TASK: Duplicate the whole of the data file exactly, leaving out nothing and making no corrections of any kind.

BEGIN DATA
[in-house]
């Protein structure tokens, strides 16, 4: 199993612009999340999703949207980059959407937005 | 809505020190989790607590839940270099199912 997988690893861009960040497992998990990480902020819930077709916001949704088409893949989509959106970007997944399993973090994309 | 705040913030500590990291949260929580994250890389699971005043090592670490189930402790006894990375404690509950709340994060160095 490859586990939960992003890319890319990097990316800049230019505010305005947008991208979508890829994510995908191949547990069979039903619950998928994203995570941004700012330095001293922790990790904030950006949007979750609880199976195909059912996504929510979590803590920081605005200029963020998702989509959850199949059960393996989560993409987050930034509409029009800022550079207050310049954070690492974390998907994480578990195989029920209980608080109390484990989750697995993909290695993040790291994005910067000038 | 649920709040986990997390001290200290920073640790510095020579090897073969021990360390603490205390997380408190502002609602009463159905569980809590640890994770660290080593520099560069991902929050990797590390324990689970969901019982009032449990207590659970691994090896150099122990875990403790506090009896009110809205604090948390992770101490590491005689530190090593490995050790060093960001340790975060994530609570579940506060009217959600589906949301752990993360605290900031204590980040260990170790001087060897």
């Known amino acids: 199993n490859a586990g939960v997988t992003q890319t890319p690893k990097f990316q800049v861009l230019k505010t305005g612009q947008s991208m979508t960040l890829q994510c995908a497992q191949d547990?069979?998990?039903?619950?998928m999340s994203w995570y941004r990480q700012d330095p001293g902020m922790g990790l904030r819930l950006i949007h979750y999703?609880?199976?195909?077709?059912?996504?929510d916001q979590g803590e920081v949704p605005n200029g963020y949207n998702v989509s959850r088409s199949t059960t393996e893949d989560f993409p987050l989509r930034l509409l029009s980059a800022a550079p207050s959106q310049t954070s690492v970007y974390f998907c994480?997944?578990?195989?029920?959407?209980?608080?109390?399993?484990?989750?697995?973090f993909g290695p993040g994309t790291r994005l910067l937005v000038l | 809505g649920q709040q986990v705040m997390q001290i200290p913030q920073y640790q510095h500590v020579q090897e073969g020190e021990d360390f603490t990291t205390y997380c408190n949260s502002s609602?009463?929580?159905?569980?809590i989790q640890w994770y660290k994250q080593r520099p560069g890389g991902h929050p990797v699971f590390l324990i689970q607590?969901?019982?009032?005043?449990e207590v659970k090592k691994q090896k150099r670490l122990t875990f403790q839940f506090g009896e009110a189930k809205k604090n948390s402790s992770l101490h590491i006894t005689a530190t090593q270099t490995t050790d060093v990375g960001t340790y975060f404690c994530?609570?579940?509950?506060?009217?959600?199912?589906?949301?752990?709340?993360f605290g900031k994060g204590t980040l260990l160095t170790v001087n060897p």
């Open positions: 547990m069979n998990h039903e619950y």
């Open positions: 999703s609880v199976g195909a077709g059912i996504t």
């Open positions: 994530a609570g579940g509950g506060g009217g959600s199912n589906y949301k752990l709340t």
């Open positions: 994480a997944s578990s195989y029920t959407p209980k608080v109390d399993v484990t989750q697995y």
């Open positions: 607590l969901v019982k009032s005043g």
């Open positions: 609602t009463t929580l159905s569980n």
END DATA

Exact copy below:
[in-house]
């Protein structure tokens, strides 16, 4: 199993612009999340999703949207980059959407937005 | 809505020190989790607590839940270099199912 997988690893861009960040497992998990990480902020819930077709916001949704088409893949989509959106970007997944399993973090994309 | 705040913030500590990291949260929580994250890389699971005043090592670490189930402790006894990375404690509950709340994060160095 490859586990939960992003890319890319990097990316800049230019505010305005947008991208979508890829994510995908191949547990069979039903619950998928994203995570941004700012330095001293922790990790904030950006949007979750609880199976195909059912996504929510979590803590920081605005200029963020998702989509959850199949059960393996989560993409987050930034509409029009800022550079207050310049954070690492974390998907994480578990195989029920209980608080109390484990989750697995993909290695993040790291994005910067000038 | 649920709040986990997390001290200290920073640790510095020579090897073969021990360390603490205390997380408190502002609602009463159905569980809590640890994770660290080593520099560069991902929050990797590390324990689970969901019982009032449990207590659970691994090896150099122990875990403790506090009896009110809205604090948390992770101490590491005689530190090593490995050790060093960001340790975060994530609570579940506060009217959600589906949301752990993360605290900031204590980040260990170790001087060897």
């Known amino acids: 199993n490859a586990g939960v997988t992003q890319t890319p690893k990097f990316q800049v861009l230019k505010t305005g612009q947008s991208m979508t960040l890829q994510c995908a497992q191949d547990?069979?998990?039903?619950?998928m999340s994203w995570y941004r990480q700012d330095p001293g902020m922790g990790l904030r819930l950006i949007h979750y999703?609880?199976?195909?077709?059912?996504?929510d916001q979590g803590e920081v949704p605005n200029g963020y949207n998702v989509s959850r088409s199949t059960t393996e893949d989560f993409p987050l989509r930034l509409l029009s980059a800022a550079p207050s959106q310049t954070s690492v970007y974390f998907c994480?997944?578990?195989?029920?959407?209980?608080?109390?399993?484990?989750?697995?973090f993909g290695p993040g994309t790291r994005l910067l937005v000038l | 809505g649920q709040q986990v705040m997390q001290i200290p913030q920073y640790q510095h500590v020579q090897e073969g020190e021990d360390f603490t990291t205390y997380c408190n949260s502002s609602?009463?929580?159905?569980?809590i989790q640890w994770y660290k994250q080593r520099p560069g890389g991902h929050p990797v699971f590390l324990i689970q607590?969901?019982?009032?005043?449990e207590v659970k090592k691994q090896k150099r670490l122990t875990f403790q839940f506090g009896e009110a189930k809205k604090n948390s402790s992770l101490h590491i006894t005689a530190t090593q270099t490995t050790d060093v990375g960001t340790y975060f404690c994530?609570?579940?509950?506060?009217?959600?199912?589906?949301?752990?709340?993360f605290g900031k994060g204590t980040l260990l160095t170790v001087n060897p």
């Open positions: 547990m069979n998990h039903e619950y």
């Open positions: 999703s609880v199976g195909a077709g059912i996504t």
């Open positions: 994530a609570g579940g509950g506060g009217g959600s199912n589906y949301k752990l709340t």
């Open positions: 994480a997944s578990s195989y029920t959407p209980k608080v109390d399993v484990t989750q697995y």
């Open positions: 607590l969901v019982k009032s005043g």
């Open positions: 609602t009463t929580l159905s569980n």